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FERC Final Rule Reforms Generator Interconnection Procedures and Agreements

The Federal Energy Regulatory Commission on July 27 approved a final rule that reforms the Commission’s standard generator interconnection procedures and agreements.

The final rule adopts many of the reforms proposed in a June 2022 Notice of Proposed Rulemaking with modifications based on the record.

The final rule also builds on Commission Order Nos. 2003 and 2006, in which FERC first required public utility transmission providers to adopt its standard procedures and agreements for interconnecting large and small generating facilities, and on Commission Order No. 845, in which the Commission added additional study mechanisms and types of interconnection service.

At the Commission’s monthly open meeting, FERC Chairman Willie Phillips said that he was “very excited” to announce that FERC would vote on the “much anticipated and historic” interconnection final rule, designated as Order No. 2023. “This rule will ensure that our country’s vast generation resources are able to interconnect to the transmission system in a reliable, efficient, transparent and timely manner,” he said.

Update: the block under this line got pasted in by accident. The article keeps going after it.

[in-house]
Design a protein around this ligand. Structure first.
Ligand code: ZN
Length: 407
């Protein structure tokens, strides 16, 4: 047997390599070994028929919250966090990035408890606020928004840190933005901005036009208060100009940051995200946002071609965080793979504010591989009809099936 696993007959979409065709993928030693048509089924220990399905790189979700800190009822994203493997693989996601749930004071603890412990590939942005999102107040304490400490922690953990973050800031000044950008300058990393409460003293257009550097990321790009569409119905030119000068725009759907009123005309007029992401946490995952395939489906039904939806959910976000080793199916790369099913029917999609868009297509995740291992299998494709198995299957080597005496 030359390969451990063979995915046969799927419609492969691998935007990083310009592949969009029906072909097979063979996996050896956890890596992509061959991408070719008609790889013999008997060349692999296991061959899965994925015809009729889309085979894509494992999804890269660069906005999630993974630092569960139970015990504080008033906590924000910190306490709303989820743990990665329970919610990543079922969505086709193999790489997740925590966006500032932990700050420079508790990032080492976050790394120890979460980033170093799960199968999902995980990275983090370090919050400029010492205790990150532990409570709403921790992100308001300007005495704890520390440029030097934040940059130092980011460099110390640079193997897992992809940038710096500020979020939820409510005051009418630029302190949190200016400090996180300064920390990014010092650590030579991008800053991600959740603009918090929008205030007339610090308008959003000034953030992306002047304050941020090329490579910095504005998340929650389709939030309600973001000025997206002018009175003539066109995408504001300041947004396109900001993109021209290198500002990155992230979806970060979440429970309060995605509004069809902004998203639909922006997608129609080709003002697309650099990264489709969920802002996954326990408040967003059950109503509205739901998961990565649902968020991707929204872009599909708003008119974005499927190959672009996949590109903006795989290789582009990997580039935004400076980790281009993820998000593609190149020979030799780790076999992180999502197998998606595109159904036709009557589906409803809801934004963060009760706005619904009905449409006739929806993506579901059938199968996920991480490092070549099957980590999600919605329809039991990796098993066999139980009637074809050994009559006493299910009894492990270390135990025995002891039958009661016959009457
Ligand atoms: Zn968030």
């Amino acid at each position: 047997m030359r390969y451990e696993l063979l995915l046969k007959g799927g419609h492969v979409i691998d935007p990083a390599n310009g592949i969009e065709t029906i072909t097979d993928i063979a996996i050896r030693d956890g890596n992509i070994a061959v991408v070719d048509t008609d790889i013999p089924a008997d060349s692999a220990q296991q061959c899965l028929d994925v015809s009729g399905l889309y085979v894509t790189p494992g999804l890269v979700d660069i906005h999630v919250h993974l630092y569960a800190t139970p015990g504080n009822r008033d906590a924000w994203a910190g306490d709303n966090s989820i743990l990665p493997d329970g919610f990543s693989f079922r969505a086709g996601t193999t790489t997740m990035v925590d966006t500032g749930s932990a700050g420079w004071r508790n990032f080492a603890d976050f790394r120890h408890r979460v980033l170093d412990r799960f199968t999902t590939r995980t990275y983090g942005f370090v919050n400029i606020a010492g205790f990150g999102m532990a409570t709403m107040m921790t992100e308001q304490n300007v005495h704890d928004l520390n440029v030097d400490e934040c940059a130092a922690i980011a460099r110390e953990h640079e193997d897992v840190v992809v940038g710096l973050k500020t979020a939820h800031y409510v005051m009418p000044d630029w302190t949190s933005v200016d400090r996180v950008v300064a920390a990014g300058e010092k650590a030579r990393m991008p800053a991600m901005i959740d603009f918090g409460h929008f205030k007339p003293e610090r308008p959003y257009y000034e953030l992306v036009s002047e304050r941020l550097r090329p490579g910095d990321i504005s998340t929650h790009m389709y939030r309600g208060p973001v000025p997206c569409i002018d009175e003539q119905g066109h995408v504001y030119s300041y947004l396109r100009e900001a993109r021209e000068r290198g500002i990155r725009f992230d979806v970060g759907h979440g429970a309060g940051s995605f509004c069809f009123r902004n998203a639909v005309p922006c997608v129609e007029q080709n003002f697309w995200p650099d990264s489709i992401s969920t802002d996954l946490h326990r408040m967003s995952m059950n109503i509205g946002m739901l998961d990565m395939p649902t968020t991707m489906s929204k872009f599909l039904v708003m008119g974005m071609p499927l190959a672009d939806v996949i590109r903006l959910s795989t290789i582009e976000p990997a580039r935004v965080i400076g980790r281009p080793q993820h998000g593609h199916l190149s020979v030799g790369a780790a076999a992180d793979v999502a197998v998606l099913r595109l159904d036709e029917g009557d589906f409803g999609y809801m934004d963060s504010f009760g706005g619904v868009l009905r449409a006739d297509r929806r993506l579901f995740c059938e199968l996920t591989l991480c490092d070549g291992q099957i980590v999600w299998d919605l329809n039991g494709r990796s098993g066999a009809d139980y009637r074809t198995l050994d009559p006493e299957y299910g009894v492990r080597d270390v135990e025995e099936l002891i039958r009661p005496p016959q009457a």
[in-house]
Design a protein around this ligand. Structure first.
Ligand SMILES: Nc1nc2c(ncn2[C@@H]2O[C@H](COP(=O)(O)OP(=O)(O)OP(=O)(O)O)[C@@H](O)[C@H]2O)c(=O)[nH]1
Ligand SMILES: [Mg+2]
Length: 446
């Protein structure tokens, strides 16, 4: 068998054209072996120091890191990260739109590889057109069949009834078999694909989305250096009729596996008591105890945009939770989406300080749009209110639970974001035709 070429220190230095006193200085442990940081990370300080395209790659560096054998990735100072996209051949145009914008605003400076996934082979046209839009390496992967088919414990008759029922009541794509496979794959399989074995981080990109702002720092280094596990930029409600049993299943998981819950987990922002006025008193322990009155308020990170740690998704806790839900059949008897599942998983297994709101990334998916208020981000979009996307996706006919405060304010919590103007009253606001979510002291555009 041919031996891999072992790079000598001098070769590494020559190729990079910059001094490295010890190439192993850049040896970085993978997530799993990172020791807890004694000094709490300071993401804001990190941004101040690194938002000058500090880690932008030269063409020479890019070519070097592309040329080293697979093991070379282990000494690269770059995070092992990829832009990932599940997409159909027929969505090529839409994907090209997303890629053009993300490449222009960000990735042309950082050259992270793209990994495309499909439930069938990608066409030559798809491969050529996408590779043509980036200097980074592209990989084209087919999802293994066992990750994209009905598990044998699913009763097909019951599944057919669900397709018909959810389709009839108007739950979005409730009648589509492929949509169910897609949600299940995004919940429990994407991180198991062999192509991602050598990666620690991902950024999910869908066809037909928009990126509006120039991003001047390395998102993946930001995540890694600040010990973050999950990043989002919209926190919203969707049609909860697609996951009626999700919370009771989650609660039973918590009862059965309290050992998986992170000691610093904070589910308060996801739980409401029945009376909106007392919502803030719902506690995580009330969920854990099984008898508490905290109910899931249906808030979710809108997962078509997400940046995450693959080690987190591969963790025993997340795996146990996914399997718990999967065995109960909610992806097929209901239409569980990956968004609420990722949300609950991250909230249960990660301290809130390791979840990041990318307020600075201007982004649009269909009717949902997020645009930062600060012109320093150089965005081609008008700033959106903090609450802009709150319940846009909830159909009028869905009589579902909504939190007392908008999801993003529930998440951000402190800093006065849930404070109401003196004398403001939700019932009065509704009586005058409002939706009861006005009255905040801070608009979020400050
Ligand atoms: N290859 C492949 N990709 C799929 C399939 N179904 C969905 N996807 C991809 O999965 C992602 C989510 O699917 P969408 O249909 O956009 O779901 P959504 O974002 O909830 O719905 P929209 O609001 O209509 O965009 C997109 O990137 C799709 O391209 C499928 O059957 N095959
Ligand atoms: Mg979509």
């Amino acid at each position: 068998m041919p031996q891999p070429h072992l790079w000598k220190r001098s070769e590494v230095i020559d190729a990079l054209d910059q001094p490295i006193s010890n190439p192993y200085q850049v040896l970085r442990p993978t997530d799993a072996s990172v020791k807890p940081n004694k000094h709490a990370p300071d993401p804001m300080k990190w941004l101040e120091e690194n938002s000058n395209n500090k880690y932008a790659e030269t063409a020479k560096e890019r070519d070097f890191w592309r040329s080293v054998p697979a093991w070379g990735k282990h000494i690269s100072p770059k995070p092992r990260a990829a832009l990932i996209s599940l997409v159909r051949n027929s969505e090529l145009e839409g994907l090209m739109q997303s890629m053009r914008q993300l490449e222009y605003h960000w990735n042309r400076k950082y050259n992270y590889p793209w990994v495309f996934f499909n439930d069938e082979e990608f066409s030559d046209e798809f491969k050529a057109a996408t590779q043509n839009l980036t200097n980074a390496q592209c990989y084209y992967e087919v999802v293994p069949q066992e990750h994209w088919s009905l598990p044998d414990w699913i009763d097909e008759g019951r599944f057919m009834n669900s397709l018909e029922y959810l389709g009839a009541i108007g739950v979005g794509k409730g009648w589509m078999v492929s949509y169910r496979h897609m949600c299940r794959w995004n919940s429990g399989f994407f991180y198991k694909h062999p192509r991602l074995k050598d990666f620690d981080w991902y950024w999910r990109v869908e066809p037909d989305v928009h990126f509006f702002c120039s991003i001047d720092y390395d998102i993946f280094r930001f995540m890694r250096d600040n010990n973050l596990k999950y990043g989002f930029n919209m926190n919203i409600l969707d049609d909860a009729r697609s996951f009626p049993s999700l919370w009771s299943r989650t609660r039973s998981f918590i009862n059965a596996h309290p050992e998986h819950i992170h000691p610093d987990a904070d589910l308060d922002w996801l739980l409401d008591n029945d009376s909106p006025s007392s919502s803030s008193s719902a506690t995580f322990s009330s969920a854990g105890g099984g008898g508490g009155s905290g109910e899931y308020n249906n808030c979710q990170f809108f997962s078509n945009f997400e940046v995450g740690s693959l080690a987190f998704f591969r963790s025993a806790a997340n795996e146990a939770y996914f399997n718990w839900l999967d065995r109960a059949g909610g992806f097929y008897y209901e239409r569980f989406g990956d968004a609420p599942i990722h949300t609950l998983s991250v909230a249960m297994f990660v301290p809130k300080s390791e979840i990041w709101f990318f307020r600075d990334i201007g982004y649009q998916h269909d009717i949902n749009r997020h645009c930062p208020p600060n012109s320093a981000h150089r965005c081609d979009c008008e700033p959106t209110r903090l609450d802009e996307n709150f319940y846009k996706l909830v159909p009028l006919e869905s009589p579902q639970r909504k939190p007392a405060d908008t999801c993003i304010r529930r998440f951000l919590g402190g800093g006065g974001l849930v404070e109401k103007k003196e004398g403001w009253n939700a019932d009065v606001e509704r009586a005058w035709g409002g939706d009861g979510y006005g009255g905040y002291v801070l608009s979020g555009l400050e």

Phillips noted that “getting to this day required significant effort from all involved and was truly an unprecedented undertaking.” He pointed out that the record in this proceeding was “one of the largest in FERC history. There were over 4,500 pages of comments filed for the Commission to review and consider.”

As a result of the “lengthy record, this final rule is one of the longest in FERC’s history. It represents the largest and most significant set of interconnection reforms since the pro forma interconnection procedures were created two decades ago.”

Phillips noted that “this is FERC’s first major transmission reform in a generation. Our country has a severe interconnection backlog. Currently, there are 2,000 gigawatts of resources in interconnection queues – the largest backlog in history. We have wait times of over five years. The average project needed today won’t even begin construction until 2028. Interconnection reforms are desperately needed to speed up this process. Connecting new resources to the grid quicker and more efficiently will help provide more reliable, resilient and affordable electricity to everyone.”